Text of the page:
Keeping Emergency Rooms Open in Rural America
Every Arkansan should have access to quality health care, no matter where he or she lives. But, without immediate relief, many small hospitals in the nation are at serious risk of closure, job loss, or reductions in patient services, with rural families suffering the consequences. That's why solutions to preserve health care facilities that serve our rural communities should be part of the broader effort to improve the quality and access of health care for all Americans.
As a first step, I have introduced legislation that helps Arkansas' rural health care providers and the families who use them. The Critical Access Flexibility Act of 2009 will give states the flexibility needed to protect local hospitals that serve rural communities. My bill will help more hospitals in Arkansas become designated as Critical Access Hospitals (CAH), which are hospitals certified to receive a higher reimbursement rate from Medicare. These funds are intended to improve financial performance and thereby retain vital services and jobs and attract economic development.
There are now twenty-nine Arkansas hospitals that enjoy this designation. Several more medical centers in our state would like to participate, but are disqualified. Under the current law, in order for a hospital to be classified as a CAH, it must meet a number of conditions including a distance requirement that it must be 35 miles away from the nearest hospital. The Critical Access Flexibility Act simply restores a state's authority to waive the mileage requirements if all other conditions are met.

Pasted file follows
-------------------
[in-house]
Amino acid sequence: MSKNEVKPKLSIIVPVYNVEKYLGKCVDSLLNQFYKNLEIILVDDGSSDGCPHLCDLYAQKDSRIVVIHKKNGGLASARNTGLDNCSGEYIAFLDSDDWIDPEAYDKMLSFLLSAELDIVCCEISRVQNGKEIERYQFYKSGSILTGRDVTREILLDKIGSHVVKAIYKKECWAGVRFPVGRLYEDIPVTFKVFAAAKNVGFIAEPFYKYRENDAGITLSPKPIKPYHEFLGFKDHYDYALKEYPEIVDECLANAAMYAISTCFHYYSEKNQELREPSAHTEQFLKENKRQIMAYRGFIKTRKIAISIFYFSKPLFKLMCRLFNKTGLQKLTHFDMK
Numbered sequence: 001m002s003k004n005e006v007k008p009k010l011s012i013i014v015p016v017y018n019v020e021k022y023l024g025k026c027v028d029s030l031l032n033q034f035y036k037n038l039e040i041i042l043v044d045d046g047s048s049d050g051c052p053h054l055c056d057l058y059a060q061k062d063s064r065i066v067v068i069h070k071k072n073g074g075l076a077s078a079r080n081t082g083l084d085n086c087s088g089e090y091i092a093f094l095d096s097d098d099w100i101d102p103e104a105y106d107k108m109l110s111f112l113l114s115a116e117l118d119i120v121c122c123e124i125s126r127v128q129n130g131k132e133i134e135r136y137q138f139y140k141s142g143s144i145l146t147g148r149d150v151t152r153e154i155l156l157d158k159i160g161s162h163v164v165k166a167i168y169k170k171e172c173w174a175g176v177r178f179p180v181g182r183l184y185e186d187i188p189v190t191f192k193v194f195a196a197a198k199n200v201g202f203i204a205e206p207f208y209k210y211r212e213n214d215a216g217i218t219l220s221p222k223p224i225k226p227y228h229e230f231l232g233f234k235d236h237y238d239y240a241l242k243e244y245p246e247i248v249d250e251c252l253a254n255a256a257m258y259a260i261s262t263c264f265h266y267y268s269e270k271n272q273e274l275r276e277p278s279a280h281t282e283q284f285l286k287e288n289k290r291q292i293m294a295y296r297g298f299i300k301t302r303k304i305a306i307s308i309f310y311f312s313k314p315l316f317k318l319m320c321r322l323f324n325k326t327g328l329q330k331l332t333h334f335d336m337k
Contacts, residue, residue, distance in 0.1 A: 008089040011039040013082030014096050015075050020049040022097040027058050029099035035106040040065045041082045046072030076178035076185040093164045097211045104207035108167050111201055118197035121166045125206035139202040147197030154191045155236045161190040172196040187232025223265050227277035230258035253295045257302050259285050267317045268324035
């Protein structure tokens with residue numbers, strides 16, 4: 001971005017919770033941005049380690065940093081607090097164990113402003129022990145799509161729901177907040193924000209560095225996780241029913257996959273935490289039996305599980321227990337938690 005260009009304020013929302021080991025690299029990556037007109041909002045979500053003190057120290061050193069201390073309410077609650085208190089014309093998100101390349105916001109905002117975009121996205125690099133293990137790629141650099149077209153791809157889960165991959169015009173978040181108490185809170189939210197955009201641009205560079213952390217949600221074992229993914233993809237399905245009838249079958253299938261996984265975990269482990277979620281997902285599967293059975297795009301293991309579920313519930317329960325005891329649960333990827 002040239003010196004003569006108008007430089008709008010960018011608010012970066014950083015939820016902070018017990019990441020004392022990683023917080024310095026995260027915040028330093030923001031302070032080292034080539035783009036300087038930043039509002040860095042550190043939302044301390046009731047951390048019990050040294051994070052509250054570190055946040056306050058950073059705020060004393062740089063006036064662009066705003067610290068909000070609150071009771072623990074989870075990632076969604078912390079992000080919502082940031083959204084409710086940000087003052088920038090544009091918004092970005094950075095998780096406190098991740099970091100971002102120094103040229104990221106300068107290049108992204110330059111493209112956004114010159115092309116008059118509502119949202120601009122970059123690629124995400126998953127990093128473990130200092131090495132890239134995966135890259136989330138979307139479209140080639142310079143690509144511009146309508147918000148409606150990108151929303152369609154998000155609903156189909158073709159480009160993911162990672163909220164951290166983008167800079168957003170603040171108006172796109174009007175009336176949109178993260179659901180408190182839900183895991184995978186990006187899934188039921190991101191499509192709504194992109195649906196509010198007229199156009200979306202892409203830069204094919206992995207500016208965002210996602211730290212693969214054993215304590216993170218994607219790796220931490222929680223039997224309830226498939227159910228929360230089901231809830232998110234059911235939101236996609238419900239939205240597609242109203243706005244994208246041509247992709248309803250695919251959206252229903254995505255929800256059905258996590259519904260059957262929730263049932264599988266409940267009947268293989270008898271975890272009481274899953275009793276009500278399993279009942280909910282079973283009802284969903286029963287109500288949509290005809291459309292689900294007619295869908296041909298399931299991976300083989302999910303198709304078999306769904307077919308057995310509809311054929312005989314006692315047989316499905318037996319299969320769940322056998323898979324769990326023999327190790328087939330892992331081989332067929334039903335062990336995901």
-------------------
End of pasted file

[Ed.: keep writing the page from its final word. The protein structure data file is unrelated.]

Across Arkansas, rural health care providers are struggling to make ends meet in these challenging economic times. Reducing the financial strain they are experiencing will help keep emergency room doors open, and that is an essential ingredient for a healthier state and nation.